The advent of Shredlage has triggered harvesters to consider charging bonus fees based on kernel processing (KP) scores.
“That will bring everybody up to the same level,” said Dan Lamb, a Bakersfield, CA, custom harvester who attended the early March U.S. Custom Harvesters, Inc., (USCHI) Convention.
“Other guys (competition) in California will run at 3 mm while I’m running where I’m busting every kernel. And I don’t even get (access to) the processing score. I would like to see it where, if you get over a 75% score, you get a dollar bonus from your customers.”
“Producers are making money right now,” added Jon Orr, who operates Orrson Custom Farming, Apple Creek, OH, and is vice president of USCHI. “We don’t want to take advantage of it, but we don’t want to let that moment go away, either. Two years ago, we all got our shoulders cried on by one or two customers and … we helped (them). It might be time to step back and say we’re doing a great job for you.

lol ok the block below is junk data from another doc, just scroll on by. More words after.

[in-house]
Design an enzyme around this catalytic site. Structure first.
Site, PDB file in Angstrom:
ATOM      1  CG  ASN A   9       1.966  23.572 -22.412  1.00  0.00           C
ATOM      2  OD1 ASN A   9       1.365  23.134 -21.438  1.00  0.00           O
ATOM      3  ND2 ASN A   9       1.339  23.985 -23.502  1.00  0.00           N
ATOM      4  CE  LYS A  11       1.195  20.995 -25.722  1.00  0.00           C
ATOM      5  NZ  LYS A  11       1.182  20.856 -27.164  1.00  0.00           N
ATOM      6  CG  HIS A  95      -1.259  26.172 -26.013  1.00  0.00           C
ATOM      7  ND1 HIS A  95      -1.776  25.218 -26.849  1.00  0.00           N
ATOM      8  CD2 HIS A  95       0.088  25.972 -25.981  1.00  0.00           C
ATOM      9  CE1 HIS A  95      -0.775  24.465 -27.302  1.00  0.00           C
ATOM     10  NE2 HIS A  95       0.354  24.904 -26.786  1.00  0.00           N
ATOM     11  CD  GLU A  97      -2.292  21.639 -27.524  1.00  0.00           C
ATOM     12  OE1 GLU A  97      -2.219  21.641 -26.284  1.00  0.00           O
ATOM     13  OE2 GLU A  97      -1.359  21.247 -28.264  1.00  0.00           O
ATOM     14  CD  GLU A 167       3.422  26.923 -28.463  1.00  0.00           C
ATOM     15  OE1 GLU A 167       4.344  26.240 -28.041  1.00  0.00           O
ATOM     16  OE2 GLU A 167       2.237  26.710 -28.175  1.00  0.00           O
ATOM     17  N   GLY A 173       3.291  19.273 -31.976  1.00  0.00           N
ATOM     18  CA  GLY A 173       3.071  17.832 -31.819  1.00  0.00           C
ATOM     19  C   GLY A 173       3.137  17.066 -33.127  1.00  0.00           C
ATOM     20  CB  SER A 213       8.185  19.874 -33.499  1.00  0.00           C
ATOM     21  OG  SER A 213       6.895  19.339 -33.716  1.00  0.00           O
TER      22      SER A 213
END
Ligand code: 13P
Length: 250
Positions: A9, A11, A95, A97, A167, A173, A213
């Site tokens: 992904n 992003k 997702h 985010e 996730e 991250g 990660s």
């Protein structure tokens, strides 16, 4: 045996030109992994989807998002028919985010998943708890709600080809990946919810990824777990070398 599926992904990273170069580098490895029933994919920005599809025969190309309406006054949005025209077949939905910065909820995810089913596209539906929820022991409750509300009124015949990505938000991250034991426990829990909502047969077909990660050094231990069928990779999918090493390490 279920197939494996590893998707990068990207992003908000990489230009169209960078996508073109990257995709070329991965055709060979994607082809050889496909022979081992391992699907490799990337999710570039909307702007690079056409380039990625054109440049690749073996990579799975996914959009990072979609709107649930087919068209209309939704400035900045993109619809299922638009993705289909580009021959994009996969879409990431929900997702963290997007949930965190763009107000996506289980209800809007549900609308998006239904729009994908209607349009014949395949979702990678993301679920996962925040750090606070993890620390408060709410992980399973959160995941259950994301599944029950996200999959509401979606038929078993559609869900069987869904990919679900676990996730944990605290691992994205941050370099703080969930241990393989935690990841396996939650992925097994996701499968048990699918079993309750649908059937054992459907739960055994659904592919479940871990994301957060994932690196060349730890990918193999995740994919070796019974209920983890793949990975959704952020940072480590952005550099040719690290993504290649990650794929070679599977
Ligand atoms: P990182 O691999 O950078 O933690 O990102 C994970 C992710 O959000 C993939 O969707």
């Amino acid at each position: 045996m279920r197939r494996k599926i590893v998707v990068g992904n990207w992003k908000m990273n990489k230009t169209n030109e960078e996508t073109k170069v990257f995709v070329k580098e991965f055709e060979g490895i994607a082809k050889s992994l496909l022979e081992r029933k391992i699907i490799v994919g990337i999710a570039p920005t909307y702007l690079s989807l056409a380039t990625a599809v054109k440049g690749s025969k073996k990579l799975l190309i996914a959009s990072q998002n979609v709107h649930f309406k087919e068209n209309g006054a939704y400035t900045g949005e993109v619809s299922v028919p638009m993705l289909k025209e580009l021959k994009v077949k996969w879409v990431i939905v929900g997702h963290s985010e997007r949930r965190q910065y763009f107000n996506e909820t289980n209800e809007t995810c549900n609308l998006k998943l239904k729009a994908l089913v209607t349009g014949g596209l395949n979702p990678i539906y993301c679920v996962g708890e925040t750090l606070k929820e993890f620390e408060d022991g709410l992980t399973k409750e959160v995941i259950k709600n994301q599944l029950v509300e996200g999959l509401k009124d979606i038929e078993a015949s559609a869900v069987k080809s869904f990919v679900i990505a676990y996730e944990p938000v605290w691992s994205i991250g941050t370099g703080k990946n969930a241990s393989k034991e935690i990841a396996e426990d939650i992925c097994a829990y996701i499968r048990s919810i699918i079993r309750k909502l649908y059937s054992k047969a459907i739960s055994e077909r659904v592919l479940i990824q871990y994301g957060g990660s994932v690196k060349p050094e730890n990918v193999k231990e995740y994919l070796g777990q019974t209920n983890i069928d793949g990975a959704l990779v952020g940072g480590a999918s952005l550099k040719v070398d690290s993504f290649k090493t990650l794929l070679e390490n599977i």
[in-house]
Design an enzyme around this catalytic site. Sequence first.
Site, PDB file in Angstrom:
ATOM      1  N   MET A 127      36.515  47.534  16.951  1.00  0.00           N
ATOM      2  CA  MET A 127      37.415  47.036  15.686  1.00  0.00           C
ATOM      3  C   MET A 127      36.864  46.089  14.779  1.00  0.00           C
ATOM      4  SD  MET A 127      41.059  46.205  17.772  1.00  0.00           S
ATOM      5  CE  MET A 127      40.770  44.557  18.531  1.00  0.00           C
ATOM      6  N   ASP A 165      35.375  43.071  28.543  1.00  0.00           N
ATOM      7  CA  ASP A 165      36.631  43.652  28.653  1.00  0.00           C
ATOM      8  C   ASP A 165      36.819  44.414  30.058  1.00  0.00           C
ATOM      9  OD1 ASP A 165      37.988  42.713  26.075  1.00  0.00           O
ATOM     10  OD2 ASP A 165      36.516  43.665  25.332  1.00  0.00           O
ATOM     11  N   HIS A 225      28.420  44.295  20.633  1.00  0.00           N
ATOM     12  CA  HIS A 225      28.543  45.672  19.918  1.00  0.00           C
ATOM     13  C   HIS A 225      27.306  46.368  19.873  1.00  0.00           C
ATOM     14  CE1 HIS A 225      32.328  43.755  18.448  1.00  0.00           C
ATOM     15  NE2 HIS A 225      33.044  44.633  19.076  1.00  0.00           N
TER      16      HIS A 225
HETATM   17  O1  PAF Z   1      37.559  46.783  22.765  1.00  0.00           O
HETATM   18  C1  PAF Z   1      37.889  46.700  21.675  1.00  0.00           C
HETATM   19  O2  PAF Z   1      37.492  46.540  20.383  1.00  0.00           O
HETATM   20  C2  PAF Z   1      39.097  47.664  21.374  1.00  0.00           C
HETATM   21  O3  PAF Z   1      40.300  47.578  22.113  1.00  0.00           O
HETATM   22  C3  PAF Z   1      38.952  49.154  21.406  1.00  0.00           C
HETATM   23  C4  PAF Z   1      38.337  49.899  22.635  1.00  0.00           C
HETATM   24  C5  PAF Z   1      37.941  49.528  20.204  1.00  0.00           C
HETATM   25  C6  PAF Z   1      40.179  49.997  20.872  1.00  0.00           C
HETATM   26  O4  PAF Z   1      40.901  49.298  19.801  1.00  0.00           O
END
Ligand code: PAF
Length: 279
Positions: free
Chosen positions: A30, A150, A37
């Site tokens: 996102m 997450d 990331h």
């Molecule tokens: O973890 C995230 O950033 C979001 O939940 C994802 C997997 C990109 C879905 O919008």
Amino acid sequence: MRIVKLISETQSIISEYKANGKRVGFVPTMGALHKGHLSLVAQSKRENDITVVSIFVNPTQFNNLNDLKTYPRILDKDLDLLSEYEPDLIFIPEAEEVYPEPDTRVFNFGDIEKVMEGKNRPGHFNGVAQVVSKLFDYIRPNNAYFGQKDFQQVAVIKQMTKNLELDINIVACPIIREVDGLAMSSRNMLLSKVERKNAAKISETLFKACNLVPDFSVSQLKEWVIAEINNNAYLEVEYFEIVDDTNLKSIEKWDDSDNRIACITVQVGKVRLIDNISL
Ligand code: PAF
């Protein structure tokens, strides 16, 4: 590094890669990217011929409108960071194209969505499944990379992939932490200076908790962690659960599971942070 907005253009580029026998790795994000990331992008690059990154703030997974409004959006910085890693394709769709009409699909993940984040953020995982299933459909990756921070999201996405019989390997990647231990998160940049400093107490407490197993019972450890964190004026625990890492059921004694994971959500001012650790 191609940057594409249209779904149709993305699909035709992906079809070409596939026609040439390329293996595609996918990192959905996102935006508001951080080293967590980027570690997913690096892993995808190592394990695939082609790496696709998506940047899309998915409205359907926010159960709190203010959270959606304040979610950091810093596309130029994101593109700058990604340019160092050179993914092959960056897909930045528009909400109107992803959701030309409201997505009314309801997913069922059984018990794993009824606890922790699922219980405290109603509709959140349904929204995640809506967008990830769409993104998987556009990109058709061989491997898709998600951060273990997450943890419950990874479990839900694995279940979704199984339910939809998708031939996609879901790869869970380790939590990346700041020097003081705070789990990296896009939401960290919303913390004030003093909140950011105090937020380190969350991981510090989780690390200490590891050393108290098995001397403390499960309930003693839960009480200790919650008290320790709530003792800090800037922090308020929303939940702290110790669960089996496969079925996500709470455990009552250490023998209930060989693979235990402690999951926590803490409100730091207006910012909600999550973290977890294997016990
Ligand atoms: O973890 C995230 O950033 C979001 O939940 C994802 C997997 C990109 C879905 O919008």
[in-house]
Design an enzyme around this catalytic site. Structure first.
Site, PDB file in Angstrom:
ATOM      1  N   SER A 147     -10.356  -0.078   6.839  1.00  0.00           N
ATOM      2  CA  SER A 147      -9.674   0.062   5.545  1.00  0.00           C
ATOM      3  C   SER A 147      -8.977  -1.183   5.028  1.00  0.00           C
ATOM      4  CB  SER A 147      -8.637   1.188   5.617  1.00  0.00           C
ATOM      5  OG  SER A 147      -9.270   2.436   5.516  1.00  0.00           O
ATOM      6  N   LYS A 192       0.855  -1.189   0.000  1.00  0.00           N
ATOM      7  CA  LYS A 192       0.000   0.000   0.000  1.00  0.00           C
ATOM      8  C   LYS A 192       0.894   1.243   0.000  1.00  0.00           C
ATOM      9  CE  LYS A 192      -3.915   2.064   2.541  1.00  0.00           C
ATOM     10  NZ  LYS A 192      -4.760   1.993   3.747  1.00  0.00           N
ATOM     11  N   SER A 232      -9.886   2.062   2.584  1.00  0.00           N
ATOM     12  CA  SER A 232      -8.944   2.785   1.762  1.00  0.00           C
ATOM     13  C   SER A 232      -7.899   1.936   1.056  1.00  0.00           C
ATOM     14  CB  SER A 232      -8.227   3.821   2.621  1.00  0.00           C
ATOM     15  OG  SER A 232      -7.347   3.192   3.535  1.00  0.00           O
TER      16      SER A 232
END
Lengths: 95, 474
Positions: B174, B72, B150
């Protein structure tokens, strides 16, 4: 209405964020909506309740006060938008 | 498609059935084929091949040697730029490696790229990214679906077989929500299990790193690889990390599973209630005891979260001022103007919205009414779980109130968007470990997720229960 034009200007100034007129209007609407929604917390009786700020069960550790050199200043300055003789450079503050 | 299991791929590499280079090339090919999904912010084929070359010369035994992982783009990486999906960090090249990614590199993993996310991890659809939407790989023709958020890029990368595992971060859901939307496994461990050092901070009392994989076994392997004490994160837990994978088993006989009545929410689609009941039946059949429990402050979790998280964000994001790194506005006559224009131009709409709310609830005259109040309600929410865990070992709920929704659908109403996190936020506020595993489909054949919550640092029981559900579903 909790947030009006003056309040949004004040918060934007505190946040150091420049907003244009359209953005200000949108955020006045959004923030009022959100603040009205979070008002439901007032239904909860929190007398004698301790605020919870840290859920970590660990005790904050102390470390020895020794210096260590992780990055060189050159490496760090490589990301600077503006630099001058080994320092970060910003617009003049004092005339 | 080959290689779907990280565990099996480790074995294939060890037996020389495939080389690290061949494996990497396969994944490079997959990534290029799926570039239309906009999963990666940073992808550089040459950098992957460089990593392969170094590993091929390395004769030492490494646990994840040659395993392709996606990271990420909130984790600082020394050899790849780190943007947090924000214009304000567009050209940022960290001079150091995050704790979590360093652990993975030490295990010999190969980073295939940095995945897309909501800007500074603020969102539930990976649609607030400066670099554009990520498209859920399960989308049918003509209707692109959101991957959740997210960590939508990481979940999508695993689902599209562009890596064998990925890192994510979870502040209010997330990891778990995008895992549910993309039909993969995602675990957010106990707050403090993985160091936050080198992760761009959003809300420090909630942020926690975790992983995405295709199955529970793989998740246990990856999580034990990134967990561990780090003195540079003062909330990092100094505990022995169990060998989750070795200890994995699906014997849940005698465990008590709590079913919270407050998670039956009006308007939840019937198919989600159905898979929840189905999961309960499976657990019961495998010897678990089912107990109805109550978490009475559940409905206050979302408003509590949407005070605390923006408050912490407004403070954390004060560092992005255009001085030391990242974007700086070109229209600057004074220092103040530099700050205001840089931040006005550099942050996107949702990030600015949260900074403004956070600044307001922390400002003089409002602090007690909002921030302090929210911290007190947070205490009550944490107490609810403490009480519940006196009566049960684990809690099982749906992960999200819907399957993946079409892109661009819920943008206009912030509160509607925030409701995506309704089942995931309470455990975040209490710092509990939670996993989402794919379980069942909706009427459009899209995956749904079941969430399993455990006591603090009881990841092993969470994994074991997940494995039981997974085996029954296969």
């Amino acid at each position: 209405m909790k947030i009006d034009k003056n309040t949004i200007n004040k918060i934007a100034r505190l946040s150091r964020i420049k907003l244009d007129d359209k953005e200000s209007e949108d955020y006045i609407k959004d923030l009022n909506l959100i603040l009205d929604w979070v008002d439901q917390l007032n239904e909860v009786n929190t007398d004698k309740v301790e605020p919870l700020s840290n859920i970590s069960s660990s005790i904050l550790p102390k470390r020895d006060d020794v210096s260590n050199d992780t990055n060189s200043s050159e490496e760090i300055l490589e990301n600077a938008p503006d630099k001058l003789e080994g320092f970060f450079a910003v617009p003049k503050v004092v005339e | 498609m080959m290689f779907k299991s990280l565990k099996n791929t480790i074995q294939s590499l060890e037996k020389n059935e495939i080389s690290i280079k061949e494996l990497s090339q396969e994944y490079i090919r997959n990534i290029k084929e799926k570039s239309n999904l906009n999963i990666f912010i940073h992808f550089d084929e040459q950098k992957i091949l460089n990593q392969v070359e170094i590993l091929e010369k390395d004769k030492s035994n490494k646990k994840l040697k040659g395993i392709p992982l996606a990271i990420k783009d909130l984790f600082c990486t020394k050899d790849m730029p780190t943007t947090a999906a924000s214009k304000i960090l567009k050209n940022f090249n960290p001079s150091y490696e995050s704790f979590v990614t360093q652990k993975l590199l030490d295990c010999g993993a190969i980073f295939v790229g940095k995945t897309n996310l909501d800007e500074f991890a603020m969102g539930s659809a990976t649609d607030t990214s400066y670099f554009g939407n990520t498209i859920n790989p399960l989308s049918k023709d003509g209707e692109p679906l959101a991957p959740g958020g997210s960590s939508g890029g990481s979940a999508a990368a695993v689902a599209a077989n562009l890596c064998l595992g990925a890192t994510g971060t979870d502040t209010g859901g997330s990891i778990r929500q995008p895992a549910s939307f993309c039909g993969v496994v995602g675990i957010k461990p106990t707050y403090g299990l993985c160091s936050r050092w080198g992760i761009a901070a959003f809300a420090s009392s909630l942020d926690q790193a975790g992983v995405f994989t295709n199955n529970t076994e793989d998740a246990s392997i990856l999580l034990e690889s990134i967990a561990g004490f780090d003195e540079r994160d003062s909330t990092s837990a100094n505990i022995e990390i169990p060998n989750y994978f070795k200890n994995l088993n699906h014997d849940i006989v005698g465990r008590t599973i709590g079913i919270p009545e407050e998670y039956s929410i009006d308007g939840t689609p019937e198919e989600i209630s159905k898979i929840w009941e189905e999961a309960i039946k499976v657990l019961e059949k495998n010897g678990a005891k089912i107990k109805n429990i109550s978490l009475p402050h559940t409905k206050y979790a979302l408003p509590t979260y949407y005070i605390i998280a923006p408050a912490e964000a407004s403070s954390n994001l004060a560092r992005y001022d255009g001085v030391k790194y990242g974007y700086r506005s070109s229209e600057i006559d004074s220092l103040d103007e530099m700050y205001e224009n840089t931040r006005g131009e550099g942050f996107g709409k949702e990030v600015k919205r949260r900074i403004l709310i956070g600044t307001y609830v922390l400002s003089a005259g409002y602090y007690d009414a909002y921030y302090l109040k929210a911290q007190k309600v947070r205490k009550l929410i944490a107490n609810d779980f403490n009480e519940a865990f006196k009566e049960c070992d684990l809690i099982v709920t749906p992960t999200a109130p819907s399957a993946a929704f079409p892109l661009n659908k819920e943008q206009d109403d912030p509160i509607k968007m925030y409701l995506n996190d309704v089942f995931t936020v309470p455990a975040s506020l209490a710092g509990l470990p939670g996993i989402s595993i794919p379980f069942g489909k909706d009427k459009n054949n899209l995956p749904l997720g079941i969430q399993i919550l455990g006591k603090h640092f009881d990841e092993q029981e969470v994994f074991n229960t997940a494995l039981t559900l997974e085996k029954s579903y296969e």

“But we need to do a better job,” he added after seeing forage lab numbers showing that excellent-rated KP scores were less than 20% of the total.
KP scores taken at harvest, however, actually underestimate corn silage’s starch digestibility, said University of Wisconsin Extension dairy nutritionist Randy Shaver.
“The KP score, if you did that on a fresh sample, is going to be lower than what it will be coming out of a silo three to six months later, because starch becomes more floury and the particles break down,” he said.
The scoring system itself was developed using a small amount of data and, although it’s the only tool out there, it could be better, the nutritionist added. He and his colleagues have expressed an interest in developing a new in-field test that could more accurately determine corn silage’s starch content.